Today, Liberia’s President is a Harvard-educated, democratically-elected, former director of African Development for the UN named Ellen Johnson-Sirleaf. Africa’s first elected female head of state, Ms. Johnson-Sirleaf is beginning to make tangible progress in the efforts to rebuild Liberia despite having only been in office since January 2006. Refugee camps in neighboring nations are beginning to empty as Liberians return home. Relatively clean running water has been restored to over a third of Monrovia, and the first post-civil-war electric streetlights in the capital were turned on in July 2006.
Liberia still has enormous problems, though, and its tourism infrastructure was essentially shattered. Outside Monrovia, there are essentially no hotels or infrastructure approaching Western standards. In Monrovia, a few hotels like the Mamba Point Hotel and the Royal Hotel (with the city’s only sushi restaurant—the Living Room) are suitable for Western tourists. Just don’t expect luxury—and be thankful if the generators can give you electricity to power the air conditioner.
Because the tourism infrastructure is in such bad shape, most visitors to Liberia are volunteers assisting with the recovery efforts. A vast array of NGOs and volunteer programs have been welcomed into the country by President Johnson-Sirleaf.
UN Volunteers has created several opportunities for volunteers to travel to Liberia, including inviting professionals to teach at the University of Liberia, bringing together more than 1,000 UN volunteers and locals to a clean up campaign in the city of Zwedru, and raising awareness of domestic violence. +49-228-815 2000, www.unv.org
Mercy Ships is an organization that recently docked its ship “Africa Mercy,” the world’s largest charity hospital ship, in Monrovia. After serving more than 275 ports Anastasis was retired, and the ship’s surgical and health care projects are now being carried out by the Africa Mercy, with more than 400-member crew of medical and development volunteers. The ship is expected to perform more than 7,000 operations a year, including cataract removal, cleft lip and palate reconstruction and orthopedics. 800-772-SHIP, www.mercyships.com
Visions in Action is a grassroots organization that has traveled to Liberia to run education and training programs, assists 2,000 farmers in 40 communities to develop rice production, and produces a weekly radio show designed to inform the public of the efforts of humanitarian and development organizations. 202-625-7402, www.visionsinaction.org
They don’t call North Korea the Hermit Kingdom for nothing. This tightly-controlled Communist country has largely been closed off to the rest of the world, and anti-American propaganda abounds. But don’t let the rhetoric scare you. The North Korean economy is in shambles, and pressures within the country are mounting to open the door slowly to travel and tourism. On five occasions so far, North Korea has extended an invitation to travelers with U.S. visas to enter the country for a very limited period of time, through a very select group of tour groups that have already established relationships with country officials.
In 2007, U.S. citizens North Korea opened its border to travelers in honor of its annual Arirang Festival (aka the Grand Mass Gymnastics and Artistic Performance, or the Mass Games) in Pyongyang. Although invitations were offered to Americans 1995, 2002 and 2005, the invitations came so close to the allotted window, most travelers couldn’t go. In 2006, organized tour groups did book tours to North Korea, but the Arirang Festival was cancelled due to flooding that killed more than 150 people.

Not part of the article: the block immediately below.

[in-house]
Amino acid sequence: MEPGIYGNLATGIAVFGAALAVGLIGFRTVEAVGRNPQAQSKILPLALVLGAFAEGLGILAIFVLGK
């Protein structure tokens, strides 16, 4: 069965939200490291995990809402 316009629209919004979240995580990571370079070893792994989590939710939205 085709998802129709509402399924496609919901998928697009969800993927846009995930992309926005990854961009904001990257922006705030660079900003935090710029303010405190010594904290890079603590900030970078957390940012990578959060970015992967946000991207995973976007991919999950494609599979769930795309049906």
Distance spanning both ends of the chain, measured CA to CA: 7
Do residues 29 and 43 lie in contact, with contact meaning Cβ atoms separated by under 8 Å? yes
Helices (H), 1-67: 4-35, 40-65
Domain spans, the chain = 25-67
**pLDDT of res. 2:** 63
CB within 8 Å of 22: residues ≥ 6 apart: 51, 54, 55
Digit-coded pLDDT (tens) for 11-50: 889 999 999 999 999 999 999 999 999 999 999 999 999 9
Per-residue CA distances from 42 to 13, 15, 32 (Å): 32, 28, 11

It takes about 4 hours from Seoul to get into North Korea. To travel to North Korea, tourists will first need to visit Beijing to obtain the necessary visa—a procedure which rarely takes more than a day.
Keep in mind, that like a lot of tough travel, it won’t be a very relaxing, or cheap, trip. You can pretty much forget about shopping or exciting nightlife. And at about $500 a day, amenities like clean water, medicine and even electricity are often in short supply.
Visitors are expected to abide by all local customs and laws, which include bowing to the statue of Kim Il Sung in Pyongyang. Interaction with the locals will be limited, at best. This is one of the most tightly controlled societies in the world, so you won’t be mingling freely with the masses—in fact, you’ll get severe warnings before your trip (you start out in Beijing) about talking to locals. Just don’t do it.
In addition, all tour operators work very closely with the North Korean government, so each itinerary will be strictly adhered to. Every group will have two English-speaking tour guides, partly to watch you, and partly to watch each other. Thus, a trip to North Korea is – quite literally – at the top of my list for … people WATCHING!
Asia Pacific sponsored a 12-day trip in 2006 that was $4,199 per person, including airfare. In 2007, it led tours to North Korea during two separate windows, between April 15 and May 15, and between August 15 and October 15 timed with the Arirang Festival 800-262-6420, www.northkorea1on1.com
Poe Travel works with a Beijing-based tour company, and arranged a very quick tour from April 28 to May 1 for the Arirang Festival. There are plans to return to North Korea upon invitation next year, as well as tours to other “tough travel” countries.
San Francisco’s Geographic Expeditions arranges trips in conjunction with British tour company Koryo Tours, traveling to both North and South Korea. The 10-day trip ran started at $6,595.415-922-0448, www.geoex.com, www.koryogroup.com